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Landscape planning for agricultural nonpoint source pollution reduction III: Assessing phosphorus and sediment reduction potential

Environmental Management

By:
, , , , and
DOI: 10.1007/s00267-008-9139-x

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Abstract

Riparian buffers have the potential to improve stream water quality in agricultural landscapes. This potential may vary in response to landscape characteristics such as soils, topography, land use, and human activities, including legacies of historical land management. We built a predictive model to estimate the sediment and phosphorus load reduction that should be achievable following the implementation of riparian buffers; then we estimated load reduction potential for a set of 1598 watersheds (average 54 km2) in Wisconsin. Our results indicate that land cover is generally the most important driver of constituent loads in Wisconsin streams, but its influence varies among pollutants and according to the scale at which it is measured. Physiographic (drainage density) variation also influenced sediment and phosphorus loads. The effect of historical land use on present-day channel erosion and variation in soil texture are the most important sources of phosphorus and sediment that riparian buffers cannot attenuate. However, in most watersheds, a large proportion (approximately 70%) of these pollutants can be eliminated from streams with buffers. Cumulative frequency distributions of load reduction potential indicate that targeting pollution reduction in the highest 10% of Wisconsin watersheds would reduce total phosphorus and sediment loads in the entire state by approximately 20%. These results support our approach of geographically targeting nonpoint source pollution reduction at multiple scales, including the watershed scale. ?? 2008 Springer Science+Business Media, LLC.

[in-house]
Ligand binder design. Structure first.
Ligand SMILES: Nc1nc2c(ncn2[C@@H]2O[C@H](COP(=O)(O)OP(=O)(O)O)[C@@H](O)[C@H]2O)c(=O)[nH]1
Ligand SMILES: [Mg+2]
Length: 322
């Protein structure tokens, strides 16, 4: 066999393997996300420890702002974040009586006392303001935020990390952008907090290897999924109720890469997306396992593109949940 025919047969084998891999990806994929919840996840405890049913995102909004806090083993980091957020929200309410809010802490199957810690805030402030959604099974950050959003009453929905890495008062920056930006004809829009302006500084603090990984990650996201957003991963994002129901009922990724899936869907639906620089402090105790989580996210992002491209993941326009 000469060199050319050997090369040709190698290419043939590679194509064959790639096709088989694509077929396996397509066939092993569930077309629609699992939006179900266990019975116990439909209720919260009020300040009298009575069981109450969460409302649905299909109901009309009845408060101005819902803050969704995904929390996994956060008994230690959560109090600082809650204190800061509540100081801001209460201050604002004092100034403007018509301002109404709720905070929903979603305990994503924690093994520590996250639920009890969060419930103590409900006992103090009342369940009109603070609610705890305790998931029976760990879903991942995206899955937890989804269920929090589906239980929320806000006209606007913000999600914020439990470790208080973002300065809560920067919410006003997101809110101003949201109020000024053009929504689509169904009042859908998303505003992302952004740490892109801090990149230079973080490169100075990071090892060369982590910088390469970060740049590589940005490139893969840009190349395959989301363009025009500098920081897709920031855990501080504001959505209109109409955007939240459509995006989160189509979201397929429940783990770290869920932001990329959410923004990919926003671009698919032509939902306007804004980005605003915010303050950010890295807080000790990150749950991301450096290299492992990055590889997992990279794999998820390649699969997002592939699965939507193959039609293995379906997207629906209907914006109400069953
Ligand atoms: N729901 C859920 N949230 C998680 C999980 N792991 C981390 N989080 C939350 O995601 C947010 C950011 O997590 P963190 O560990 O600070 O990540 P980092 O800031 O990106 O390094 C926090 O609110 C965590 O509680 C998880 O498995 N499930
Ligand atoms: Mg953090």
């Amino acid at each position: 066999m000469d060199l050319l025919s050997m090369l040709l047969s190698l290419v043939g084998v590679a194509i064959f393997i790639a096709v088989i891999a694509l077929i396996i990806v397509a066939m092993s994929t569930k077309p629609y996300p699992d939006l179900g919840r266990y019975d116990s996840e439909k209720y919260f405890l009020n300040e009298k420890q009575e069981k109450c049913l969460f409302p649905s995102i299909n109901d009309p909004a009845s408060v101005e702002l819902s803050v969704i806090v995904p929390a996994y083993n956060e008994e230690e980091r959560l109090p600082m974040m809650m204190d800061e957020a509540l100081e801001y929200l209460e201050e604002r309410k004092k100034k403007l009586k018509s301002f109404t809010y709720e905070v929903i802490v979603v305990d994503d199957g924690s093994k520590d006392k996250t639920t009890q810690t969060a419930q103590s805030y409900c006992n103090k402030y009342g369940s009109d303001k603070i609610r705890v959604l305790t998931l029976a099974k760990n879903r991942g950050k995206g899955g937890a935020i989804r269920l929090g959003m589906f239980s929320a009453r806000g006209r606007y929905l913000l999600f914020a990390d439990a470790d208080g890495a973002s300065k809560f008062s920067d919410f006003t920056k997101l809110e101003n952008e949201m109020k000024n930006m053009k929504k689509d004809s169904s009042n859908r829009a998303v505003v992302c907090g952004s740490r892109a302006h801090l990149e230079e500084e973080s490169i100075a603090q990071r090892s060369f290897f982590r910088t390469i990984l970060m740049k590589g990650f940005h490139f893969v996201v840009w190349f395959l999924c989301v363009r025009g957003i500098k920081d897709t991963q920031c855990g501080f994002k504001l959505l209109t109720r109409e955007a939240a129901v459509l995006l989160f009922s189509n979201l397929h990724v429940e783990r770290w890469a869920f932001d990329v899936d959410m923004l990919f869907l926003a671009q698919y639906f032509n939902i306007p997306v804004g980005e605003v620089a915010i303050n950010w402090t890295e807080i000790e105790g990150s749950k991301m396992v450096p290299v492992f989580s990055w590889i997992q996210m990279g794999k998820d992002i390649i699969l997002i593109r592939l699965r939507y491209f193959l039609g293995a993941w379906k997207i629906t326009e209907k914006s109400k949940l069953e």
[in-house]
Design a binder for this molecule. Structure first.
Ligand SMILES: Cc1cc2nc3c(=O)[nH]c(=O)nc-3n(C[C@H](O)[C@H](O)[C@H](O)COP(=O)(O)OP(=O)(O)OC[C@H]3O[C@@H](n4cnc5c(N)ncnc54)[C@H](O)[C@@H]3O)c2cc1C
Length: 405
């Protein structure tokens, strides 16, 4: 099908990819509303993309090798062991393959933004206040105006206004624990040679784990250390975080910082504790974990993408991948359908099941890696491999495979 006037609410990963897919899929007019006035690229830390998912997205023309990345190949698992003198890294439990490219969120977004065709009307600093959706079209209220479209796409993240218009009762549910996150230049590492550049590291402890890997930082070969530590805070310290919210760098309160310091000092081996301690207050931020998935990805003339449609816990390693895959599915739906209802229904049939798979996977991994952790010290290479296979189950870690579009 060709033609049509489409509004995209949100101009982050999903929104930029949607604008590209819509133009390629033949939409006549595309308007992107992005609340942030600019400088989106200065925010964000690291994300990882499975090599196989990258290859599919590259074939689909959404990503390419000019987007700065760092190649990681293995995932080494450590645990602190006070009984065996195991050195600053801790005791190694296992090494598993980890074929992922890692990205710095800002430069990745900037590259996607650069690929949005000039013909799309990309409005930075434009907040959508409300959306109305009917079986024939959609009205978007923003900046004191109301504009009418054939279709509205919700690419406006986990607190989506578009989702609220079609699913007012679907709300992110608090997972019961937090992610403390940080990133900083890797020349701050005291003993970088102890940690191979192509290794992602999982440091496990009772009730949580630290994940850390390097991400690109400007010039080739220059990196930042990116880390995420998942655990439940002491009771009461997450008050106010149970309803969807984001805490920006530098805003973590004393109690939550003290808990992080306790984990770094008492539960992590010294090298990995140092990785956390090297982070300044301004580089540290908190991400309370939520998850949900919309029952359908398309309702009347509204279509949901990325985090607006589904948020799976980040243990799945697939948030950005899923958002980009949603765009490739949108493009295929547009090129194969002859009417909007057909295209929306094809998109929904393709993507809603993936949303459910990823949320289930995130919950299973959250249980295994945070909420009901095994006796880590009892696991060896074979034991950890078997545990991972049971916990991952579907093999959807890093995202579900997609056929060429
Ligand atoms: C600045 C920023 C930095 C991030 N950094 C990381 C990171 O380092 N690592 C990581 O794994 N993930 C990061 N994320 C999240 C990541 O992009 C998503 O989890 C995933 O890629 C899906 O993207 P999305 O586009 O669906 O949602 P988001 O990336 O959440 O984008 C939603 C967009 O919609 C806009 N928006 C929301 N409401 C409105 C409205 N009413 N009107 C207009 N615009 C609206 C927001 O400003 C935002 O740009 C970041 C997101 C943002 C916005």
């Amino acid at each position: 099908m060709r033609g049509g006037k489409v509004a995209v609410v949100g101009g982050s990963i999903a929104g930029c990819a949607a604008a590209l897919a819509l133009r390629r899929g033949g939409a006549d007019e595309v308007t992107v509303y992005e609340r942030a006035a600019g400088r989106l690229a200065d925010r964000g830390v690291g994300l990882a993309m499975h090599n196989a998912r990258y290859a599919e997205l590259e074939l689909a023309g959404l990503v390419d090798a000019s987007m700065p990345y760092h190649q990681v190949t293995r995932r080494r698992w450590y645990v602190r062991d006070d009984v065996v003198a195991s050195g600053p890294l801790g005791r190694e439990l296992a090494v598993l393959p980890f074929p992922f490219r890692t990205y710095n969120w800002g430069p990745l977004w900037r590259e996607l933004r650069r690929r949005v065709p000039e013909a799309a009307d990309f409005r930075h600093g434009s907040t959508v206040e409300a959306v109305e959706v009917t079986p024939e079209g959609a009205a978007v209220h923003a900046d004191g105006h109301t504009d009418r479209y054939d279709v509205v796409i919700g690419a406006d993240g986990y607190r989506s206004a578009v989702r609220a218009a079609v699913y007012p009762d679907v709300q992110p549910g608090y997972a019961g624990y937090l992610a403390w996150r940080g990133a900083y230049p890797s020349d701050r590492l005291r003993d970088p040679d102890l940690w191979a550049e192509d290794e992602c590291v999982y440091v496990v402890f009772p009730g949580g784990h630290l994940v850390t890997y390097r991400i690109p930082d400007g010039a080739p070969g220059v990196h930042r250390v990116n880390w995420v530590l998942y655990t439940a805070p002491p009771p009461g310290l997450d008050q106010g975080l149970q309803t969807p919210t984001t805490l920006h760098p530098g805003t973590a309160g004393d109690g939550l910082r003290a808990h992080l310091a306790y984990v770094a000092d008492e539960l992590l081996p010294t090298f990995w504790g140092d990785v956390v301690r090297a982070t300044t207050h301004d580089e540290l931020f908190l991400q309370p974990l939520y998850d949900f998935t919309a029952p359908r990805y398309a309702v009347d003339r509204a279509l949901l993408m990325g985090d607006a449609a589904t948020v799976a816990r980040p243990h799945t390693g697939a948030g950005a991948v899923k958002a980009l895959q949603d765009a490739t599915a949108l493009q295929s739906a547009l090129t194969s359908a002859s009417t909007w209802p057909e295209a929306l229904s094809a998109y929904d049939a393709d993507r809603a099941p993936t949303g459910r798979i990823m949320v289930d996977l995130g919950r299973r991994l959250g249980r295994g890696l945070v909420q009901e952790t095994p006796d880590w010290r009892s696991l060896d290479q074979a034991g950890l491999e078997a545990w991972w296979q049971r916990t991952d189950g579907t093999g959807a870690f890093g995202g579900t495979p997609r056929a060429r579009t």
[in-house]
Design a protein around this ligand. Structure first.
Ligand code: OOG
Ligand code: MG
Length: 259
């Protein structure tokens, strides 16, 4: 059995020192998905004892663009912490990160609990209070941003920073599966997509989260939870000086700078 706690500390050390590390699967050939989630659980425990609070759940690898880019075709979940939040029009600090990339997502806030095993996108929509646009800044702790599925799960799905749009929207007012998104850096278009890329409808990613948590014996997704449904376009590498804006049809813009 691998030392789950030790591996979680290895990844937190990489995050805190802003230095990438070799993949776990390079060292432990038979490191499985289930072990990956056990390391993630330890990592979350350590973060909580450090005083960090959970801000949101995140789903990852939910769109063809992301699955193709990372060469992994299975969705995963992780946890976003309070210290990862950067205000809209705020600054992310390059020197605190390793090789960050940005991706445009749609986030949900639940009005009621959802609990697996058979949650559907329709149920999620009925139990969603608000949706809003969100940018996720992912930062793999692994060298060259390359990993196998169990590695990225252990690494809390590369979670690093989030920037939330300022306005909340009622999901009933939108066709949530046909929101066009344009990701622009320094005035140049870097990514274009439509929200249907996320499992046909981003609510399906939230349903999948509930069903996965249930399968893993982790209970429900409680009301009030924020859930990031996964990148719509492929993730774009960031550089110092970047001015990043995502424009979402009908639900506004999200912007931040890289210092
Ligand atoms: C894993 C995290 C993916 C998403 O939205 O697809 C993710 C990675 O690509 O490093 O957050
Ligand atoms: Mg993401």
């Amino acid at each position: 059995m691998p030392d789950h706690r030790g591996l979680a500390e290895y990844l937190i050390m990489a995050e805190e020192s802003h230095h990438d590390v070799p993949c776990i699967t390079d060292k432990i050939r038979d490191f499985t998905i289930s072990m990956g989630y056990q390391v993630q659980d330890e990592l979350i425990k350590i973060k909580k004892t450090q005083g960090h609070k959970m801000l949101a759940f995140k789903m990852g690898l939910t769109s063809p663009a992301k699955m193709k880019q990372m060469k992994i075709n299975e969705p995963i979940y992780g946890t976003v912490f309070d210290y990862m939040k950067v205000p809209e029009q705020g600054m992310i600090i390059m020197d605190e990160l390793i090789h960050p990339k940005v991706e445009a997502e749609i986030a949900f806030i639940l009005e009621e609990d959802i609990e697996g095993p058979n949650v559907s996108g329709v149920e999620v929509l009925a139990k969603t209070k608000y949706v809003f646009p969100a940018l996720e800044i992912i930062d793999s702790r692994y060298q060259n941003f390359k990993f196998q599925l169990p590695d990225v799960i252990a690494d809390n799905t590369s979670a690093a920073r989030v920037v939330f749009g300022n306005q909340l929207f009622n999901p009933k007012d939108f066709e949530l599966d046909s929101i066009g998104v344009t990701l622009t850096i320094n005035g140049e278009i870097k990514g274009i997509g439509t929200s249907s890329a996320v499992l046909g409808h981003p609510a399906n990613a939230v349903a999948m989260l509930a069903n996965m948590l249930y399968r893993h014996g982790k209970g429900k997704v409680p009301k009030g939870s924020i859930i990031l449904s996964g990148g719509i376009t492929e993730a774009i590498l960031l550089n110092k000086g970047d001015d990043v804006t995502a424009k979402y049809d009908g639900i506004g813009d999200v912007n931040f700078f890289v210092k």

Additional Publication Details

Publication type:
Article
Publication Subtype:
Journal Article
Title:
Landscape planning for agricultural nonpoint source pollution reduction III: Assessing phosphorus and sediment reduction potential
Series title:
Environmental Management
DOI:
10.1007/s00267-008-9139-x
Volume
43
Issue:
1
Year Published:
2009
Language:
English
Larger Work Type:
Article
Larger Work Subtype:
Journal Article
Larger Work Title:
Environmental Management
First page:
69
Last page:
83
Number of Pages:
15